It really IS easy to lose weight...

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kingkeld

Joined: Sep 09
Posts: 1,995

      quote  
Posted: 21 Apr 2013, 22:16
Hi gang,

Seeing so many new people here, and seeing how so many are doing so much to make their weight loss journey HARDER than it has to be, I decided to share this article.

It really is about creating a calorie deficit. That's it. That's all (well, almost).

Pick which ever weight loss journey you choose. Pick one that works for you. Make sure that you generally have a calorie deficit. The larger deficit, the more weight loss, but don't starve yourself. If you starve yourself, you'll end up giving up.

Instead, slow down, enjoy the ride, have some fun, learn more about what you're doing and just shuffle along losing that weight.

Make your food (mostly) sane choices, and exercise as much as you can for your size.

If you do this, I PROMISE you - YOU WILL LOSE WEIGHT, and it's won't be too hard on you.

Smile
Keld.

By Nanci Hellmich, USA TODAY
When all is said and done, it comes down to calories.

A landmark study shows that people can lose weight on a variety of diets — including low-fat plans and low-carb ones — as long as they consume fewer calories.

Yes, it does seem like common sense, but weight loss has become a big business. Diet programs and best-selling books offer a banquet of different approaches, including cutting fats or cutting carbohydrates.

To get to the heart of the matter, the National Heart, Lung, and Blood Institute of the National Institutes of Health financed a two-year study of hundreds of overweight people. The research was conducted by experts at the Harvard School of Public Health in Boston and the Pennington Biomedical Research Center in Baton Rouge, part of the Louisiana State University system.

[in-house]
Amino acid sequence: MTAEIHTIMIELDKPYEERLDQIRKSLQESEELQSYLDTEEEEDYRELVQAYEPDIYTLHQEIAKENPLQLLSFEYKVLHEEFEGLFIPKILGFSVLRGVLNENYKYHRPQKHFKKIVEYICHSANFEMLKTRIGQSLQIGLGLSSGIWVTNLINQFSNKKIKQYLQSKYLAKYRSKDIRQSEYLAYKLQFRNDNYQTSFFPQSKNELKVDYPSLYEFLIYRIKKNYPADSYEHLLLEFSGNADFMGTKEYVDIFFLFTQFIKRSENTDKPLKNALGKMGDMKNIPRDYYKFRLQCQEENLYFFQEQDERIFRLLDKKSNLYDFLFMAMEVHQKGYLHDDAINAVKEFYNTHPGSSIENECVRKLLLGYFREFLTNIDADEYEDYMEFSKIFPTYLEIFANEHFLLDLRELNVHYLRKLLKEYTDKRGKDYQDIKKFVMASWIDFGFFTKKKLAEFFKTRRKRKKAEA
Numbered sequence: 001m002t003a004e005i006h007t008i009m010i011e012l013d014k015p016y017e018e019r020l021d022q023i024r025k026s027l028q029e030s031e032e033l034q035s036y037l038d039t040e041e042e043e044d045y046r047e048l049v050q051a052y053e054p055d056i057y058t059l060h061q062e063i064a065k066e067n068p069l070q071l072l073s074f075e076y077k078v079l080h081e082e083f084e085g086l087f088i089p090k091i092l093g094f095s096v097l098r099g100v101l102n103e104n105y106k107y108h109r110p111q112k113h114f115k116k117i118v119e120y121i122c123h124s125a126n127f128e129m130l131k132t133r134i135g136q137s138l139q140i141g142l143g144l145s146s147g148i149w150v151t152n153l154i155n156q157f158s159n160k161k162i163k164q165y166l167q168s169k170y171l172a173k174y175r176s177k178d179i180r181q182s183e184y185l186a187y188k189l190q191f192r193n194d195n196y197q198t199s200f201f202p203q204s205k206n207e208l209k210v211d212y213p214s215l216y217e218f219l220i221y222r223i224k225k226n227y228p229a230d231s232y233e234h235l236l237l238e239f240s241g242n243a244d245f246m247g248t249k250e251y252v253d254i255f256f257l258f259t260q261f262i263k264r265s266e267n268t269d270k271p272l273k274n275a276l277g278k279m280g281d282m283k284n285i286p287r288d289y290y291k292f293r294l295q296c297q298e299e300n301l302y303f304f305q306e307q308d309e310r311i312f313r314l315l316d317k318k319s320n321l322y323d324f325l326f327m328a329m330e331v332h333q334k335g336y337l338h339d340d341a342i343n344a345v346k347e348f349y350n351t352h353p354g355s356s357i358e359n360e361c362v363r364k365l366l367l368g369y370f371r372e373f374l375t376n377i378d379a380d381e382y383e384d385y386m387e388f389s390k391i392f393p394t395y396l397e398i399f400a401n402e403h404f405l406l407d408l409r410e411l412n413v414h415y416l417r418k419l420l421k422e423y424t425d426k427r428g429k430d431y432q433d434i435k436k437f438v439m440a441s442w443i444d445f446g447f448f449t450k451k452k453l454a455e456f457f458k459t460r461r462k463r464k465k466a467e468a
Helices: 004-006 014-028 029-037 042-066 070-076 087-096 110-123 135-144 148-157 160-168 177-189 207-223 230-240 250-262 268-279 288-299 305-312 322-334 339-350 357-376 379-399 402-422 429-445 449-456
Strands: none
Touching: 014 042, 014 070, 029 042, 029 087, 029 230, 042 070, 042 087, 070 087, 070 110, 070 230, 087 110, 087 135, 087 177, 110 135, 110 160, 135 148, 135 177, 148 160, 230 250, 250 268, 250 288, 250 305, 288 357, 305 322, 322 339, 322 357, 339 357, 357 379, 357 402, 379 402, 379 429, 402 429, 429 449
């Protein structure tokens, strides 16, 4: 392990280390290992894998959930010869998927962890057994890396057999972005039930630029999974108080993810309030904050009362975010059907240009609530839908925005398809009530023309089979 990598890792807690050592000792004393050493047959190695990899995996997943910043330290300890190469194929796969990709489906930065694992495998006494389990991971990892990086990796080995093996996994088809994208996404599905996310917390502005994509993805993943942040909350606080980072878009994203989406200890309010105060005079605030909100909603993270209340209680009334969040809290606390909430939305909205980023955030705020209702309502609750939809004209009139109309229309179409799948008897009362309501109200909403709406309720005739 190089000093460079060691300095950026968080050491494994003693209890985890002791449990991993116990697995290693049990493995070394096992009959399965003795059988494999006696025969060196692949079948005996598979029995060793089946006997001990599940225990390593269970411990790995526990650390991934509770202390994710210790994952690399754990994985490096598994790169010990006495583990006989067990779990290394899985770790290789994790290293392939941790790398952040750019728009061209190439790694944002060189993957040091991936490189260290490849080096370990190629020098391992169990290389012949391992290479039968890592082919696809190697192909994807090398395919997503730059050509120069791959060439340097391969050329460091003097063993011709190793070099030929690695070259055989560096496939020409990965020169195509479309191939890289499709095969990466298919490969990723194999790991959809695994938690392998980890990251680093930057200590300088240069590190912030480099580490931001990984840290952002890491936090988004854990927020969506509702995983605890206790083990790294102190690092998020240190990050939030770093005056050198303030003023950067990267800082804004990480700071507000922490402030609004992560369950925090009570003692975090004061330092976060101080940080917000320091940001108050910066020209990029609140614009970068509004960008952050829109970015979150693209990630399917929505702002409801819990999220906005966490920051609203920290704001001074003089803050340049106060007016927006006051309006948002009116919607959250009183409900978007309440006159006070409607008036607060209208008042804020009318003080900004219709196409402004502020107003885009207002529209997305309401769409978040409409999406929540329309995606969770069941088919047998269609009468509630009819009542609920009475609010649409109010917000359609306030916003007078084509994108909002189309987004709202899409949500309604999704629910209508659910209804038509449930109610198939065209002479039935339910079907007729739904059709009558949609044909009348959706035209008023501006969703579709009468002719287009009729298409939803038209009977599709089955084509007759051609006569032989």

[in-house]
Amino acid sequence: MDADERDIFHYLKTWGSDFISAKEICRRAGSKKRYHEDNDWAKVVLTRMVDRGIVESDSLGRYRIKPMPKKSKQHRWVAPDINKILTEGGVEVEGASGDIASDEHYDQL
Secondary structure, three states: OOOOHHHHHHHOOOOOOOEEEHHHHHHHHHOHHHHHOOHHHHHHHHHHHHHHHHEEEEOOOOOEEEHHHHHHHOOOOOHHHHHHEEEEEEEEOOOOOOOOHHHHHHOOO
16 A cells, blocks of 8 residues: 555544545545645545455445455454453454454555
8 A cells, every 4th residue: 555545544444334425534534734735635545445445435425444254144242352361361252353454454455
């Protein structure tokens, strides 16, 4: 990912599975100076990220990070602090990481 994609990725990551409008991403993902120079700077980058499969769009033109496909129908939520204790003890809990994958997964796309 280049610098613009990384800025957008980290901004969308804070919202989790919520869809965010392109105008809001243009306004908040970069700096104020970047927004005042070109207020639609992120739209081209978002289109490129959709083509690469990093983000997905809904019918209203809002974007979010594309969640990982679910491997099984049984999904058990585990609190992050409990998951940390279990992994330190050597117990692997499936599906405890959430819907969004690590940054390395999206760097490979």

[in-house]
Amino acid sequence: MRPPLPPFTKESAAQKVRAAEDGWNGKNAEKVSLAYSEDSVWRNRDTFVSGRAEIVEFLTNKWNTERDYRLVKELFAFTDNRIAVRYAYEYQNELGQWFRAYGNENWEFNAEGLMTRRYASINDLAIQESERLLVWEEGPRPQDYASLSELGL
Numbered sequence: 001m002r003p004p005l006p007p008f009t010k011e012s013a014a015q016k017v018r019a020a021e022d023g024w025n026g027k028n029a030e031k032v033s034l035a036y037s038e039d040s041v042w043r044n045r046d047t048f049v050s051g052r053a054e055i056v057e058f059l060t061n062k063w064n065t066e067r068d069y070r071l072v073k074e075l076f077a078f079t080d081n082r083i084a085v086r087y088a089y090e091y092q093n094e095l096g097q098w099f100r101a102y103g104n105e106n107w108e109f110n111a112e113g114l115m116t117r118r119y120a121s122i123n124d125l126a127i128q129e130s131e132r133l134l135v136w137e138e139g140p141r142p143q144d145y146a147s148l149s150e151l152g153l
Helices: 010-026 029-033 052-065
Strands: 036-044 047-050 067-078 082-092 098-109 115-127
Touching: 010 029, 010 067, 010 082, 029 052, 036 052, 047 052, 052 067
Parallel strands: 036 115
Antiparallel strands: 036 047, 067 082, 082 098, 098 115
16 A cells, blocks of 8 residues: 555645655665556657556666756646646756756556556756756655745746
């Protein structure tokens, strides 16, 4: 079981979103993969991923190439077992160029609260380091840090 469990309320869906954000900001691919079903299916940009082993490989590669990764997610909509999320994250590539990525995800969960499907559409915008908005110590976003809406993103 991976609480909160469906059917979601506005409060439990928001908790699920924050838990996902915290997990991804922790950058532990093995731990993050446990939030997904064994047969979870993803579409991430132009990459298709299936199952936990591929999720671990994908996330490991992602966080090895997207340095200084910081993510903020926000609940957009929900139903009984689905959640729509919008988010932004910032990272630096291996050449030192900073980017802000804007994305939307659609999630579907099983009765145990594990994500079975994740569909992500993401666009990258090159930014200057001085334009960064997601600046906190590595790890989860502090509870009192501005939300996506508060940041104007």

They came up with "a very simple message that cuts through all the hype: To lose weight, it comes down to how much you put in your mouth — it's not a question of eating a particular type of diet," says Frank Sacks, a lead researcher and professor of cardiovascular disease prevention at Harvard.

It really pays to figure out what kind of plan works best for you, says George Bray, the other lead researcher and a professor of medicine at Pennington.

Four diets, 811 overweight participants

The researchers recruited 811 overweight or obese older adults and put them on one of four diet plans, including two low-fat diets with 20% of calories from fat and two high-fat plans with 40% of calories from fat. The calories from carbohydrates ranged from 35% to 65%. Protein was either 15% or 25% of calories.

All four plans adhered to heart-healthy guidelines, which emphasize eating less than 8% of calories from artery-clogging saturated (animal) fat, eating vegetables, fruits and whole-grain products, and consuming at least 20 grams of fiber a day.

The eating plans were based on the DASH (Dietary Approaches to Stop Hypertension) diet, not on popular plans such as the Atkins or South Beach diets.

Dieters were encouraged to attend regular individual and group weight-loss counseling sessions and keep an online food diary. Everyone was given a personalized calorie goal, and most aimed for 750 calories below their daily needs. No one was supposed to eat fewer than 1,200 calories a day.